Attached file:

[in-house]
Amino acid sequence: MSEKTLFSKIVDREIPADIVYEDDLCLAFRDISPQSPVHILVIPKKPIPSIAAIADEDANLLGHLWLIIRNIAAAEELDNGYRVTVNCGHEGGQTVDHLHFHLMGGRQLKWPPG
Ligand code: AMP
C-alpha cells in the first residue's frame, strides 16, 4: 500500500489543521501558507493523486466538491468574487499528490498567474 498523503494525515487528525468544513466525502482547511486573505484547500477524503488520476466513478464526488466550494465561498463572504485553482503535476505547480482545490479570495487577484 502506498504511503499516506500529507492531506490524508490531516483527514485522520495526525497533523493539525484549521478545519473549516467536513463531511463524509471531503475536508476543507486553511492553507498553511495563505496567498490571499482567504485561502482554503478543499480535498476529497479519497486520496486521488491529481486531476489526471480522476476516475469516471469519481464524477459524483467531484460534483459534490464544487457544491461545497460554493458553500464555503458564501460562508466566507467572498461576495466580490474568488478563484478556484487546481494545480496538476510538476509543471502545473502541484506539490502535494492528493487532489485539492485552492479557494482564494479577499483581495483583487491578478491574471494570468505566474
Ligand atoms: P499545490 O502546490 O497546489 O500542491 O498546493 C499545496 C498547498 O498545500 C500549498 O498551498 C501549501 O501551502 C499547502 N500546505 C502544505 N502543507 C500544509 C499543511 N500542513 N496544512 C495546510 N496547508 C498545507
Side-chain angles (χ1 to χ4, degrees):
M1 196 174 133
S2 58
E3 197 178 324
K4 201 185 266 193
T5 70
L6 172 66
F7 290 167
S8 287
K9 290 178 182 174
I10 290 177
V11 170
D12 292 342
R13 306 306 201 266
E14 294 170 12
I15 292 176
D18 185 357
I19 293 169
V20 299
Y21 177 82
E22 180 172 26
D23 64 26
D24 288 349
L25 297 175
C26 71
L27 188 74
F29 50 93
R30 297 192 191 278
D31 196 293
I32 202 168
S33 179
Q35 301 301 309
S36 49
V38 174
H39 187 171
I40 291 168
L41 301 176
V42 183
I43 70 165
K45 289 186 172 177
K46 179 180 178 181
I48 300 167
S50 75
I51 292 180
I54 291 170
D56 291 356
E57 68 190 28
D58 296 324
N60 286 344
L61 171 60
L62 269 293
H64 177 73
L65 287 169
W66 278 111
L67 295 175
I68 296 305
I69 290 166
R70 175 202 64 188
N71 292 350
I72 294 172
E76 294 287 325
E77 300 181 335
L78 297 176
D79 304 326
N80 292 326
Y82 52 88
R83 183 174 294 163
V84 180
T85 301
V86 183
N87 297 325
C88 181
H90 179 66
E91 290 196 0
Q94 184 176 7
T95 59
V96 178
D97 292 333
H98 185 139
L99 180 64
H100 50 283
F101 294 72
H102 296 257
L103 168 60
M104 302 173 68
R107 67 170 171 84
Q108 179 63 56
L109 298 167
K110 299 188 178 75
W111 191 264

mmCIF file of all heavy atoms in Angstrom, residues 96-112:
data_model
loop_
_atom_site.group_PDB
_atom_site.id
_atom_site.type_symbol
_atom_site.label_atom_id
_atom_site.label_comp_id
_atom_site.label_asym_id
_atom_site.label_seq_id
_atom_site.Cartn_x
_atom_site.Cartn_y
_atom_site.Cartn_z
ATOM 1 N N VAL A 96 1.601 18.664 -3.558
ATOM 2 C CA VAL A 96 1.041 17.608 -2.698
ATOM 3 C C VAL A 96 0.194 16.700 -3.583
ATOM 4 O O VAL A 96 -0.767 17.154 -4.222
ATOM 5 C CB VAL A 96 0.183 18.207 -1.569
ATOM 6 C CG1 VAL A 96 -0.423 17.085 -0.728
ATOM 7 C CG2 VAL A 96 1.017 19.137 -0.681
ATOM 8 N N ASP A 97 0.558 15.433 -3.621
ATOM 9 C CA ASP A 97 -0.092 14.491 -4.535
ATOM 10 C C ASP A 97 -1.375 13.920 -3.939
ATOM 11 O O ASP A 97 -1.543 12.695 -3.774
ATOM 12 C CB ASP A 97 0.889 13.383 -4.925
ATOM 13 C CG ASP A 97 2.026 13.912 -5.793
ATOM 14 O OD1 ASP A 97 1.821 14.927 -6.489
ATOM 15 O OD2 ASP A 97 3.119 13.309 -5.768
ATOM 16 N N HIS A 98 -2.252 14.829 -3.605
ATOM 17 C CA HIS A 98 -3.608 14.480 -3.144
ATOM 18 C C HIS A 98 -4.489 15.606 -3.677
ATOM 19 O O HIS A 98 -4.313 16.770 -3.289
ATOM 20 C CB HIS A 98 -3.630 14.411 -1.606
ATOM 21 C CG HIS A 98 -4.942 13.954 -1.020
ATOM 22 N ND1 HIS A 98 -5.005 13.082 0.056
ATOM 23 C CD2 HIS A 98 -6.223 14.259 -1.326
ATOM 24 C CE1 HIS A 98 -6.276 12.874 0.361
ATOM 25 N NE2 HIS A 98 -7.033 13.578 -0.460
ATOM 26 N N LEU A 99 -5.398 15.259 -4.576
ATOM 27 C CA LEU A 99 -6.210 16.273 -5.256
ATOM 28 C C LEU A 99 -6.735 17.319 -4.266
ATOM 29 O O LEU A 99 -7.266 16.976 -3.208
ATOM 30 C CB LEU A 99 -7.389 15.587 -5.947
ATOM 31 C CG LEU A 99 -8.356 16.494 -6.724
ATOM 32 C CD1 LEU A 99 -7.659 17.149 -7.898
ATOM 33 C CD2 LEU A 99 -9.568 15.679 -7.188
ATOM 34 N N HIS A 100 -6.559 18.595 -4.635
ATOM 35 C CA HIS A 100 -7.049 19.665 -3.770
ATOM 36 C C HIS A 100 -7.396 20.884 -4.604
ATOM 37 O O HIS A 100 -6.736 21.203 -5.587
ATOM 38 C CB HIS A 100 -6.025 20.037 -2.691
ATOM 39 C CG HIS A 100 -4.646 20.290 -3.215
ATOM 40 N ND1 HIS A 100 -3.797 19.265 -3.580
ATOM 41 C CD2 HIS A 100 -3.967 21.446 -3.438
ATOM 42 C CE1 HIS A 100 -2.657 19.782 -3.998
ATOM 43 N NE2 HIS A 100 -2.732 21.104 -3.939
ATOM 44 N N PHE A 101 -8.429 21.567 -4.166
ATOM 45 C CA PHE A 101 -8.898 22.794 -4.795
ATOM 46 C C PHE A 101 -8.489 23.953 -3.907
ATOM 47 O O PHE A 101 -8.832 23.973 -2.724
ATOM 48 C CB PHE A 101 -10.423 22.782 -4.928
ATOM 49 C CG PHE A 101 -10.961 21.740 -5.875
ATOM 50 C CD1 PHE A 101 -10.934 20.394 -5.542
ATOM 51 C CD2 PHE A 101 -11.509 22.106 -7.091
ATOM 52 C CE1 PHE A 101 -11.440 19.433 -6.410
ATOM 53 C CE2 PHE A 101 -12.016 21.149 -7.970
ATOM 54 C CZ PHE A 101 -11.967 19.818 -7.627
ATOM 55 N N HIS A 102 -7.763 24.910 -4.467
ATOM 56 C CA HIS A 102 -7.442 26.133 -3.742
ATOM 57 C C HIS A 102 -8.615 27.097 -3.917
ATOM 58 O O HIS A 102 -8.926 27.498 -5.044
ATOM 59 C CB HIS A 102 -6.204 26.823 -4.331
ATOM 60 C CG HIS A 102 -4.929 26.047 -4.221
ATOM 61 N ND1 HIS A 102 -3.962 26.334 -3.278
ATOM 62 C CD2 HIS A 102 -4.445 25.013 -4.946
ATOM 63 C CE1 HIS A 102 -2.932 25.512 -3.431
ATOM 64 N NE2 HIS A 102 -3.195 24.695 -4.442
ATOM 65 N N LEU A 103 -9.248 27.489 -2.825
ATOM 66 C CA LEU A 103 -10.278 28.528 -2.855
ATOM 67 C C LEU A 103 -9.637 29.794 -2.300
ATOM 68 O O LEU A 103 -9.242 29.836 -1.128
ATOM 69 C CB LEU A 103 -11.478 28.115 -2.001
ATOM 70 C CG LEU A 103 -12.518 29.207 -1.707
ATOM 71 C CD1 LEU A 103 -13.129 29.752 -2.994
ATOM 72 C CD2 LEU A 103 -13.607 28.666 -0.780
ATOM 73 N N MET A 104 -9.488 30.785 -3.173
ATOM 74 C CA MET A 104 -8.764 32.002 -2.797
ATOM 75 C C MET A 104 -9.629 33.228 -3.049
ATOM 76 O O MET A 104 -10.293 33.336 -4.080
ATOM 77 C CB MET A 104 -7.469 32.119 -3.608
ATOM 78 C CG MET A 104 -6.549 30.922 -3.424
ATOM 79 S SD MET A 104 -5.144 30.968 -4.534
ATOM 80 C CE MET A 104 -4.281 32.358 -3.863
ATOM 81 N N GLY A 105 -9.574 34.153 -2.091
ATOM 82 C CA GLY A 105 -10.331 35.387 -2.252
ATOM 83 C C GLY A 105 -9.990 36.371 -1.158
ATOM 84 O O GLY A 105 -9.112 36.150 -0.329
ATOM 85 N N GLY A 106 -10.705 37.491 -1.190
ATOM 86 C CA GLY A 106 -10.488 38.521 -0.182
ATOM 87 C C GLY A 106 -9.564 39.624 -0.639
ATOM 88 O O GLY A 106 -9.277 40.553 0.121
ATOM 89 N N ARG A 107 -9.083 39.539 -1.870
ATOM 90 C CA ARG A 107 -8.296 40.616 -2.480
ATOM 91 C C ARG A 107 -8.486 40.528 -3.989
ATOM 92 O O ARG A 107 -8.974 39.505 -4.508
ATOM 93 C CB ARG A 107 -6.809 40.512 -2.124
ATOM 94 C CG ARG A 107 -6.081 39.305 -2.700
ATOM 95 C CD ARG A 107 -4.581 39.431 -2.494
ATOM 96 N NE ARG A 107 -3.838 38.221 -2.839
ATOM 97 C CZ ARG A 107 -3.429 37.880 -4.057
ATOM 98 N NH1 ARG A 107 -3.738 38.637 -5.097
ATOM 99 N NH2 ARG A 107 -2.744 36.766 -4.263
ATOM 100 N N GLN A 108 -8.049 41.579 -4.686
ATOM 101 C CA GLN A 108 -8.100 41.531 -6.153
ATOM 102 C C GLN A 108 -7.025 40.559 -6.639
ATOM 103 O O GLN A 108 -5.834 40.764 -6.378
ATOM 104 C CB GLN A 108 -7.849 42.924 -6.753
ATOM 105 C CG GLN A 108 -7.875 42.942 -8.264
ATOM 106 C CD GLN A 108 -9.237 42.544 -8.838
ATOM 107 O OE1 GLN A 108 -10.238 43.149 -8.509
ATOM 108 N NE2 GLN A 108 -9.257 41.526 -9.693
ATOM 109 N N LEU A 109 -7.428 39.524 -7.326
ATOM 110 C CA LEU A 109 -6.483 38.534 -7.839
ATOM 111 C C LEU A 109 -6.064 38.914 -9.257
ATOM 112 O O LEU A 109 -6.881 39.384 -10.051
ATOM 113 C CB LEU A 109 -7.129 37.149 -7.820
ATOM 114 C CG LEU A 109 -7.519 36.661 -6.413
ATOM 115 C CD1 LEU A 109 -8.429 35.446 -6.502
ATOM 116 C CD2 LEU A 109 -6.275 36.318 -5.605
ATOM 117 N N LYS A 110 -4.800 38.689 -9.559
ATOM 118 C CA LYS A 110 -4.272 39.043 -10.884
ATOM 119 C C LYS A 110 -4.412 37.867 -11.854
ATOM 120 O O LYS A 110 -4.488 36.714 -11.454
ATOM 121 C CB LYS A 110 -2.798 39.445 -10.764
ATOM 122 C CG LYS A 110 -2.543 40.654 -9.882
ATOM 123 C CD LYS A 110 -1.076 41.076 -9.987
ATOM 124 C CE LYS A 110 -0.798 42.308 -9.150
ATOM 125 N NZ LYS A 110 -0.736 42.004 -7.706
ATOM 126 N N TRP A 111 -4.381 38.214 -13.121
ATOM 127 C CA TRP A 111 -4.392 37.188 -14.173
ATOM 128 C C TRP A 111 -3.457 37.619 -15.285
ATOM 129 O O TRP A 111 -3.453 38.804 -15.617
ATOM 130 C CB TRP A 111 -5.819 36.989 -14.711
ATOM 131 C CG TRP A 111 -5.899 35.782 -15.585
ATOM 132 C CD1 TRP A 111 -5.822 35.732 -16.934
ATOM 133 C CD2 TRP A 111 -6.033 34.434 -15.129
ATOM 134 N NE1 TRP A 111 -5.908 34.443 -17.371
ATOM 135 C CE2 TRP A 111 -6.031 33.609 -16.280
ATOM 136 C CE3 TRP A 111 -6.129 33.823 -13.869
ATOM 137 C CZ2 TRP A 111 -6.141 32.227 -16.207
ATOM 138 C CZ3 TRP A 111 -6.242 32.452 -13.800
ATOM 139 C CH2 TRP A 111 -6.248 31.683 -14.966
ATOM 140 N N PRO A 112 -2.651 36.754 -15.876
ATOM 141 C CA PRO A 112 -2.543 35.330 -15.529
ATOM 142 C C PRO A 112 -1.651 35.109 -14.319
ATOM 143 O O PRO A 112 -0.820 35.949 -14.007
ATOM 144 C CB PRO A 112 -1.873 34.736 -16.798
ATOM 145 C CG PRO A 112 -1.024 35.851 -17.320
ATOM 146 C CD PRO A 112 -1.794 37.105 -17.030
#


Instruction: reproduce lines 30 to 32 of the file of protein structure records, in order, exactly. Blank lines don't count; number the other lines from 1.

C26 71
L27 188 74
F29 50 93